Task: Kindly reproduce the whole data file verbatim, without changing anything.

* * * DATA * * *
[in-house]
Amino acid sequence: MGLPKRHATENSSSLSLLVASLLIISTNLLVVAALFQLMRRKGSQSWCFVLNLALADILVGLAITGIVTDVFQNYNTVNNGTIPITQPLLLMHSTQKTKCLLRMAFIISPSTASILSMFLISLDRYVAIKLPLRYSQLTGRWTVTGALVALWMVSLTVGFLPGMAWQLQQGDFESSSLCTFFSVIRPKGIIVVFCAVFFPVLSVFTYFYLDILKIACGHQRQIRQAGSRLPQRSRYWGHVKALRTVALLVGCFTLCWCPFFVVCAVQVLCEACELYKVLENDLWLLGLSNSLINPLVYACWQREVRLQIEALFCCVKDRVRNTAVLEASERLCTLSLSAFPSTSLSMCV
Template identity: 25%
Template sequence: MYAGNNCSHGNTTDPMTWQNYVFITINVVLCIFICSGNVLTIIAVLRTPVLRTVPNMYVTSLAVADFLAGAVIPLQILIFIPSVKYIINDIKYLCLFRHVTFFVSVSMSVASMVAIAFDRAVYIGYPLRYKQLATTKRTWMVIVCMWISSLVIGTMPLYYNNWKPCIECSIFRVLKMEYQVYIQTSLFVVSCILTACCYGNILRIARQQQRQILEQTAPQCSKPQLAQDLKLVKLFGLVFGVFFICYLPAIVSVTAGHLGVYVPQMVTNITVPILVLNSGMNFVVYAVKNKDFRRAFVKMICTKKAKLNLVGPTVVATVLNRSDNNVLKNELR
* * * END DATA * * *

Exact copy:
[in-house]
Amino acid sequence: MGLPKRHATENSSSLSLLVASLLIISTNLLVVAALFQLMRRKGSQSWCFVLNLALADILVGLAITGIVTDVFQNYNTVNNGTIPITQPLLLMHSTQKTKCLLRMAFIISPSTASILSMFLISLDRYVAIKLPLRYSQLTGRWTVTGALVALWMVSLTVGFLPGMAWQLQQGDFESSSLCTFFSVIRPKGIIVVFCAVFFPVLSVFTYFYLDILKIACGHQRQIRQAGSRLPQRSRYWGHVKALRTVALLVGCFTLCWCPFFVVCAVQVLCEACELYKVLENDLWLLGLSNSLINPLVYACWQREVRLQIEALFCCVKDRVRNTAVLEASERLCTLSLSAFPSTSLSMCV
Template identity: 25%
Template sequence: MYAGNNCSHGNTTDPMTWQNYVFITINVVLCIFICSGNVLTIIAVLRTPVLRTVPNMYVTSLAVADFLAGAVIPLQILIFIPSVKYIINDIKYLCLFRHVTFFVSVSMSVASMVAIAFDRAVYIGYPLRYKQLATTKRTWMVIVCMWISSLVIGTMPLYYNNWKPCIECSIFRVLKMEYQVYIQTSLFVVSCILTACCYGNILRIARQQQRQILEQTAPQCSKPQLAQDLKLVKLFGLVFGVFFICYLPAIVSVTAGHLGVYVPQMVTNITVPILVLNSGMNFVVYAVKNKDFRRAFVKMICTKKAKLNLVGPTVVATVLNRSDNNVLKNELR